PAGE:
Film review: Oblivion

Tom Cruise and Morgan Freeman in Oblivion. Picture: Contributed
Tom Cruise and Morgan Freeman in Oblivion. Picture: Contributed
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WITH neither ideas of its own nor cleverly appropriated ones, Tom Cruise’s latest science fiction blockbuster fails to blast off.

Oblivion (12A)

Directed by: Joseph Kosinski

Starring: Tom Cruise, Morgan Freeman, Olga Kurylenko

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Now that filmmakers have theoretically reached a point where digital technology allows anything that can be imagined on the page to be realised on the screen, the biggest irony inherent in science fiction is the apparent inability of directors to shake off the past when it comes to depicting the future. That’s certainly the case with Oblivion, a good looking but derivative post-apocalyptic sci-fi vehicle for Tom Cruise that borrows elements from decades of genre classics and reconstitutes them in ways it hopes audiences either won’t notice or won’t mind. Nods to Planet of the Apes, Silent Running, Robocop, Total Recall and Wall·E come thick and fast – as do references to a few recent and classic entries into the canon that can’t be explicitly named without spoiling the plot outright. Blended together in a movie that at heart is about the way memories can be used to create an authentic experience, regardless of their source, the results could almost be a clever postmodern joke had the film not been so devoid of humour.

That it’s a sombre affair is hardly surprising.

Co-writer/director Joseph Kosinski made the cheerless Tron: Legacy and first blocked out the story of Oblivion as a graphic novel. This film, then, is a triumph of high-end design over feeling – no mean feat given Tom Cruise brings the full force of his hyper-present intensity to bear on proceedings.

He plays Jack Harper, a soldier, pilot and mechanic roaming the Earth in the aftermath of an apocalyptic war that has been waged against mankind by planet-harvesting aliens. Humans won the battle but have been forced to evacuate the planet – the destruction of the moon and the fall-out from a nuclear holocaust having rendered it inhospitable. Jack’s job – which he conducts in tandem with his mission-control-manning partner Victoria (Andrea Riseborough) – is to maintain the integrity of the giant hydro-energy processors set-up to fuel humanity’s new colony on one of Saturn’s moons. He’s also charged with repairing the deadly drones deployed to hunt and kill any hostile “Scavs” hiding out on Earth. In case they encounter any of the latter, Jack and Victoria have had their memories wiped as a precautionary measure. Jack, though, is haunted by images of a pre-war life in New York that he couldn’t possibly have experienced – and they’re encouraging him to go increasingly off the reservation to find out what’s really out there among the wreckage of civilisation.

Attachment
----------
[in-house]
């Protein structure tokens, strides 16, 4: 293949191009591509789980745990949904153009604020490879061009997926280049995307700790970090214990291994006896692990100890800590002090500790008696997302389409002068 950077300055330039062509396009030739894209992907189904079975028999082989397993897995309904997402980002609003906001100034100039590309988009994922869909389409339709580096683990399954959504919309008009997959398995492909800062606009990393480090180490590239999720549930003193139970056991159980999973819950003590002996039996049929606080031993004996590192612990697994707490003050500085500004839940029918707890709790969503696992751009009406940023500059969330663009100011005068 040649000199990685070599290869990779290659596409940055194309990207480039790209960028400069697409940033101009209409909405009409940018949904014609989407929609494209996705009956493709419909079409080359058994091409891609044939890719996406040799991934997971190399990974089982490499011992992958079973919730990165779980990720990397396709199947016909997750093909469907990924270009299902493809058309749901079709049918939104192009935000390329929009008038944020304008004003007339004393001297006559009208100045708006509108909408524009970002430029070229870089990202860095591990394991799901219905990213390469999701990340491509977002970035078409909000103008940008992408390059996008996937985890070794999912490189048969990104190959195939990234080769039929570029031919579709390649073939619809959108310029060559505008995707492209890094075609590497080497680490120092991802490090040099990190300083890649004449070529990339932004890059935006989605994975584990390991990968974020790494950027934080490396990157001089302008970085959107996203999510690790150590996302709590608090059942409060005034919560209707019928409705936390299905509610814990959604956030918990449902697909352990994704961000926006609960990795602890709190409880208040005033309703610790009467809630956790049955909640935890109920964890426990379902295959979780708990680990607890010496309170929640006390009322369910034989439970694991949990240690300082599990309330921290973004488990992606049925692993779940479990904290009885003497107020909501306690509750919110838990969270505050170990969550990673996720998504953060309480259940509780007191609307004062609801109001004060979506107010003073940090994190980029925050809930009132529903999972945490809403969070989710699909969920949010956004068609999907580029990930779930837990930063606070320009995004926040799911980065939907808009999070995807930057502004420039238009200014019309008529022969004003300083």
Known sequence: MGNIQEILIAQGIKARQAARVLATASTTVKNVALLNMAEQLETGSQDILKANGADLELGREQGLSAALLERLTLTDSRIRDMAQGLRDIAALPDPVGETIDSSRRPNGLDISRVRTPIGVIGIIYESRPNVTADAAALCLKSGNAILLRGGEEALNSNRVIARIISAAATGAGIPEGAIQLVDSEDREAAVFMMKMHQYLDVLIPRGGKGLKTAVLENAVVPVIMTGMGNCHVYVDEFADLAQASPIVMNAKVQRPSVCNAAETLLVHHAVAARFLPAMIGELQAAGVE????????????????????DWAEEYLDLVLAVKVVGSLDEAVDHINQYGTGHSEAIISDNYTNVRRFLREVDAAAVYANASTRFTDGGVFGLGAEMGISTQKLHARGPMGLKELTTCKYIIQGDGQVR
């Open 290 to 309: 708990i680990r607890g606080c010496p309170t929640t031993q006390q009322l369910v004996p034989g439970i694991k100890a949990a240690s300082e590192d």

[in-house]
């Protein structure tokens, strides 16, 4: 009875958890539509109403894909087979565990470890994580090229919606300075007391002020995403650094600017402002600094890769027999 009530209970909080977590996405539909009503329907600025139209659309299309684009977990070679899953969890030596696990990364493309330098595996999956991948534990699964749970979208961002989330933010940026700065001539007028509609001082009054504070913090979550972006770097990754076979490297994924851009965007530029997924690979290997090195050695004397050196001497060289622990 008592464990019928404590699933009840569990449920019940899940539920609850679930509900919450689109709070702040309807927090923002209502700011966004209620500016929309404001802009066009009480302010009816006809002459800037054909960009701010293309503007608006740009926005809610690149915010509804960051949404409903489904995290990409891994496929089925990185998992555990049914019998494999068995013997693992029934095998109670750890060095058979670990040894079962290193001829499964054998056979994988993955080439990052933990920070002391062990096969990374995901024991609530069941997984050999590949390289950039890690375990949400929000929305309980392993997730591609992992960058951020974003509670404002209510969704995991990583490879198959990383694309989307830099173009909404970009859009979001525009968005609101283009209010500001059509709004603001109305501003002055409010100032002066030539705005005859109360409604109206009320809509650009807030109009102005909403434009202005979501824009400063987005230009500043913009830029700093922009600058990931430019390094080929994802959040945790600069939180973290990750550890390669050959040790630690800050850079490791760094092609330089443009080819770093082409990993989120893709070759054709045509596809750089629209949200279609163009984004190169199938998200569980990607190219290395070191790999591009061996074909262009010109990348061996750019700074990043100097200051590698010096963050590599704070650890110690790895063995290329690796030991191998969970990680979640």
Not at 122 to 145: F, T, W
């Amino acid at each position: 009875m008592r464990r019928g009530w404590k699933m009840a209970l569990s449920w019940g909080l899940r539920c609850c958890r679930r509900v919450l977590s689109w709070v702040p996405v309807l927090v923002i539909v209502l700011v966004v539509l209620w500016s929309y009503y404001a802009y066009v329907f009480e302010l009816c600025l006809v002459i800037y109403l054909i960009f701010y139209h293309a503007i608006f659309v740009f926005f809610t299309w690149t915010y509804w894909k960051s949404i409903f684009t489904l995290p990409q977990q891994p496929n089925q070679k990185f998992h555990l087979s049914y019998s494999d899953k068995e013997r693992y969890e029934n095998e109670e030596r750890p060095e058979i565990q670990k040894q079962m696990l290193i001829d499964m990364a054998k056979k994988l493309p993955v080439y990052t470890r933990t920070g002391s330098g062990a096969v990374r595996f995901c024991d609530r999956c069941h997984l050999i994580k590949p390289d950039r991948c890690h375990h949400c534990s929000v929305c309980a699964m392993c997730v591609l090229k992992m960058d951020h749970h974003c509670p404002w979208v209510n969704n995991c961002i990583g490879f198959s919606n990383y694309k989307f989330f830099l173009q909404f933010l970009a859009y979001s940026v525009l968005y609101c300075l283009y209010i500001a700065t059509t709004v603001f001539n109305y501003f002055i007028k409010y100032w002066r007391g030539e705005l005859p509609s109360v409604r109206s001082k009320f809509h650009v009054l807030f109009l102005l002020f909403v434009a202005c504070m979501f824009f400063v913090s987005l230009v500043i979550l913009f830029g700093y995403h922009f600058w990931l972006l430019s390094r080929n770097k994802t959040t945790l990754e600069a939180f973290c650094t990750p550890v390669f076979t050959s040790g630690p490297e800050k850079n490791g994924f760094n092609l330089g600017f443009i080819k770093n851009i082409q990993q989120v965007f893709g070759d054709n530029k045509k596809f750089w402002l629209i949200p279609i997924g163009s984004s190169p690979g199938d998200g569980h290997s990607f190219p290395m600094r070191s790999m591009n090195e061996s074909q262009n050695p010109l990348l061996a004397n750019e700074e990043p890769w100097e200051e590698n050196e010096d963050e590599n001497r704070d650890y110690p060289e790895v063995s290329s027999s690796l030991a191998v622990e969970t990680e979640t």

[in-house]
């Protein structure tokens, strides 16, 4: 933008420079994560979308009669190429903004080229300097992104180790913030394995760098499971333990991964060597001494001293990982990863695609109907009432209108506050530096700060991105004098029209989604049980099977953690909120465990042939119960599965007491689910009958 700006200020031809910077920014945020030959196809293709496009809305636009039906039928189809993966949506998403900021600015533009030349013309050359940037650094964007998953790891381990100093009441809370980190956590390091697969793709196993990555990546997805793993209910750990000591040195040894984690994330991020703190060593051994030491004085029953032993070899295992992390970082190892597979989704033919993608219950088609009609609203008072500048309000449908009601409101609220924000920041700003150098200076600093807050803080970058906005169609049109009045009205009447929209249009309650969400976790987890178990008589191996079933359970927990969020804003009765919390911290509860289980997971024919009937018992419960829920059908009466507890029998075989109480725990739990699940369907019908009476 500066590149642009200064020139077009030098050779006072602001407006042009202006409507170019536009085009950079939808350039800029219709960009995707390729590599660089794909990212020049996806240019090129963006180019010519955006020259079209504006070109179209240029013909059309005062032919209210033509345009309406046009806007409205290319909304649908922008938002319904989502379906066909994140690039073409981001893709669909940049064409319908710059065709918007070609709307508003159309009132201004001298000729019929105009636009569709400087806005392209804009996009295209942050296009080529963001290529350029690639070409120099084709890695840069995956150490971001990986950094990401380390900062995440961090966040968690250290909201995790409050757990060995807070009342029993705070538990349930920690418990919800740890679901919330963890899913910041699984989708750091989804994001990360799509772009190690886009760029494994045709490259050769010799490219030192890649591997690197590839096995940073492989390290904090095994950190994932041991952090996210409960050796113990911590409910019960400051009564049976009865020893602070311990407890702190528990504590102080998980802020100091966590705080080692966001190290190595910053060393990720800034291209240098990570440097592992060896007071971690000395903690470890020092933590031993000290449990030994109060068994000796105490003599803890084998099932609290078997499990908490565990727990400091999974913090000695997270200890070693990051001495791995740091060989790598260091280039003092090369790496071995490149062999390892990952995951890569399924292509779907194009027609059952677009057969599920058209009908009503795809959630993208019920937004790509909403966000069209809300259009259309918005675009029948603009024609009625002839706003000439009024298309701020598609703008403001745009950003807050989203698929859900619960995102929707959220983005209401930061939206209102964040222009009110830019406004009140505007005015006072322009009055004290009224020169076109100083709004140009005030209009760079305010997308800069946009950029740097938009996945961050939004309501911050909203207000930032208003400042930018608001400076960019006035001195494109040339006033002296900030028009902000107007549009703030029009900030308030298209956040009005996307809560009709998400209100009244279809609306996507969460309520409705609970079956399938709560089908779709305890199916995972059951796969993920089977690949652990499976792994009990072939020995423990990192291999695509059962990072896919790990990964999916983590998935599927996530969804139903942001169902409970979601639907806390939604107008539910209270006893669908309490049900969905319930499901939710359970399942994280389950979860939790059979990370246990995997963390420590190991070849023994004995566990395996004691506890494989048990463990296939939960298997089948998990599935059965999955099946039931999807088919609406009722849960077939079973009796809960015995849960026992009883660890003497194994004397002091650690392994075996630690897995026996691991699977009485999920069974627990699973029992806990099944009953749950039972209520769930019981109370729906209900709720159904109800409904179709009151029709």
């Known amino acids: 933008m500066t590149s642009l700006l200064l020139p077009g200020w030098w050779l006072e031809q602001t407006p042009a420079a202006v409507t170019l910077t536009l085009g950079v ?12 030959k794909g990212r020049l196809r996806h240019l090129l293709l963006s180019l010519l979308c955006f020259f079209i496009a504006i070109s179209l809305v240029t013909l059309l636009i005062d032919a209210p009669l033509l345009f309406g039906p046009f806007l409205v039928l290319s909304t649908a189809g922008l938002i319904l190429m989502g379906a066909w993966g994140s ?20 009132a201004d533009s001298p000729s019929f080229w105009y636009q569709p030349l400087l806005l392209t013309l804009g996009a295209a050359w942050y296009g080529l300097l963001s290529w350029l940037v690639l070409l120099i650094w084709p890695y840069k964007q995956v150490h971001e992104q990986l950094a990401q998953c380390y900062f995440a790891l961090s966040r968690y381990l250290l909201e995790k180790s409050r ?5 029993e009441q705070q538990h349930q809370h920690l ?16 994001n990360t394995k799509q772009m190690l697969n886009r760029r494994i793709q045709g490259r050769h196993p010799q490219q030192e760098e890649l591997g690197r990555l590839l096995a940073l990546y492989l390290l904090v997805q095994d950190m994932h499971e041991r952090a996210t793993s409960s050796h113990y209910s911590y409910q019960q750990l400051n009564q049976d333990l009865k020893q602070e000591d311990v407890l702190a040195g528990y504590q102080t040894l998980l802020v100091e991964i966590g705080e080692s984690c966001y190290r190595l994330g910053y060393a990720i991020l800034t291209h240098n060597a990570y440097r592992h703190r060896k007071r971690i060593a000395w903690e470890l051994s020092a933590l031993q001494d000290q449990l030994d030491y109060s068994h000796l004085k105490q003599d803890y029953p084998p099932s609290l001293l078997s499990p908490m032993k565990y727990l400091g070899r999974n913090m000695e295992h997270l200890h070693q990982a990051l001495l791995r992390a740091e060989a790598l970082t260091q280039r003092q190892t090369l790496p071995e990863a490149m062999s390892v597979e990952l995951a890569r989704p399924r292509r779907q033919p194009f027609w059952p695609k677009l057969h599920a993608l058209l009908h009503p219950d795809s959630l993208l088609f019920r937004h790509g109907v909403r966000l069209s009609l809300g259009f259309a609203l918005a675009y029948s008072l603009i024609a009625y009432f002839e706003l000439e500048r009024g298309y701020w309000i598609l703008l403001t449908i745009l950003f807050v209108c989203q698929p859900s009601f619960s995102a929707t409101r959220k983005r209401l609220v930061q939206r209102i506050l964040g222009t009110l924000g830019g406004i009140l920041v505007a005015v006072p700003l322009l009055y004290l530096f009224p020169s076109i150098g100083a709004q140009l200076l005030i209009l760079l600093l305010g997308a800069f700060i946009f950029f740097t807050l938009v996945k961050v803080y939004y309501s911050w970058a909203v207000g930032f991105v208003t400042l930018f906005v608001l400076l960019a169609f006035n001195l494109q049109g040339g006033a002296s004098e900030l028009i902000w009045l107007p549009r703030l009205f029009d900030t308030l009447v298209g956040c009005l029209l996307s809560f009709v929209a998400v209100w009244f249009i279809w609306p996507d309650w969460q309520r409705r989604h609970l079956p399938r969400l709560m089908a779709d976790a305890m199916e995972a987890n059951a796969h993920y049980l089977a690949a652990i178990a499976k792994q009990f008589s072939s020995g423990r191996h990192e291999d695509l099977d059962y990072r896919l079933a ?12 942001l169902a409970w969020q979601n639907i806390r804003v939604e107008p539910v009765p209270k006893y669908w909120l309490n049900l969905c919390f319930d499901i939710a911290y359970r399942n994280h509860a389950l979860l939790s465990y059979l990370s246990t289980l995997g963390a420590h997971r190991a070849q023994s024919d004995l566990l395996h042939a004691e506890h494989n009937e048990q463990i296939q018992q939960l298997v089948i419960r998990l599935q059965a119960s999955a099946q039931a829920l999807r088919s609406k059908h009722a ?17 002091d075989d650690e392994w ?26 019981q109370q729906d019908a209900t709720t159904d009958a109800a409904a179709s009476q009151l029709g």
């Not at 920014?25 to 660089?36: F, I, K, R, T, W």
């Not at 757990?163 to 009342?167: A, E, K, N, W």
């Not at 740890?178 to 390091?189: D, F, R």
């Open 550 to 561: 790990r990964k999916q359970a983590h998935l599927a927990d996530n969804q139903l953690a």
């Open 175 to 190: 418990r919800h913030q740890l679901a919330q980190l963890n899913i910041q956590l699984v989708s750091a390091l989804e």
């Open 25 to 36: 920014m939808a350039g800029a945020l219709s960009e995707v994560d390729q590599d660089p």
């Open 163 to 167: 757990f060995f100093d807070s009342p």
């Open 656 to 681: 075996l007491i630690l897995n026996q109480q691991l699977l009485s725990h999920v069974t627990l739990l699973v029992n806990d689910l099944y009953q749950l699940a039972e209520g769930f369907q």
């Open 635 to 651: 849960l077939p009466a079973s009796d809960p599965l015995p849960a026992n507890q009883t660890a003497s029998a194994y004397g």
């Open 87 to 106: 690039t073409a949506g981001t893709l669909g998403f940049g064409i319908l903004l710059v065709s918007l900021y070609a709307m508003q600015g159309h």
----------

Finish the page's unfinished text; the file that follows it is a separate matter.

Initially this plot development feels like an excuse for the film to indulge in a spot of production design navel-gazing. After bombarding us with a surfeit of backstory and a lot of garbled tech-talk, however, there is something quite pleasing about watching Cruise’s character take in the scenery. This ranges from landscapes scarred with the remains of iconic buildings to irradiated deserts, canyons replete with cascading waterfalls, and even, at one point, a verdant lakeside cabin retreat where a handful of books and vinyl copies of Led Zeppelin II and Duran Duran’s Rio represent the last vestiges of mankind’s artistic achievements.

Lest that suggest a trace of lightheartedness, Kosinski soon starts pulling together a plot in which Jack’s significance to the ultimate fate of the Earth becomes increasingly pronounced. This happens after he rescues a human survivor (Olga Kurylenko) from the wreckage of a crashed spacecraft. Those well versed in sci-fi will doubtless already be piecing together where this is going, but Kurylenko’s arrival in the film does give it a boost, not least because of the traces of jealousy her character elicits in Andrea. Sadly, neither actress is really given enough to do, which is a pity as each manages to suggest layers of ambiguity that, for a little while at least, keep things nicely off-kilter, hinting at interesting directions the narrative could have taken had Kosinski been a little less interested in reverting to a rote, messianic saviour plot for his star.

That’s too bad because in the end, this is a big sci-fi film without a big sci-fi idea of its own (or, at least, a big idea borrowed from elsewhere that it makes its own – a trick The Matrix pulled off with aplomb after cribbing huge swathes of its plot from Ghost in the Shell and William Gibson’s cyberpunk novel Neuromancer). This is most evident in the way Oblivion’s major reveals feel perfunctory rather than jaw dropping. There’s no “whoa” moment, no “spinning top” head-scratchers. Instead Oblivion feels a little too content to get by on spectacle and star-power alone. Which is fine as far as it goes – there are certainly many worse blockbusters out there – but it’s not really enough to make it stick in the memory.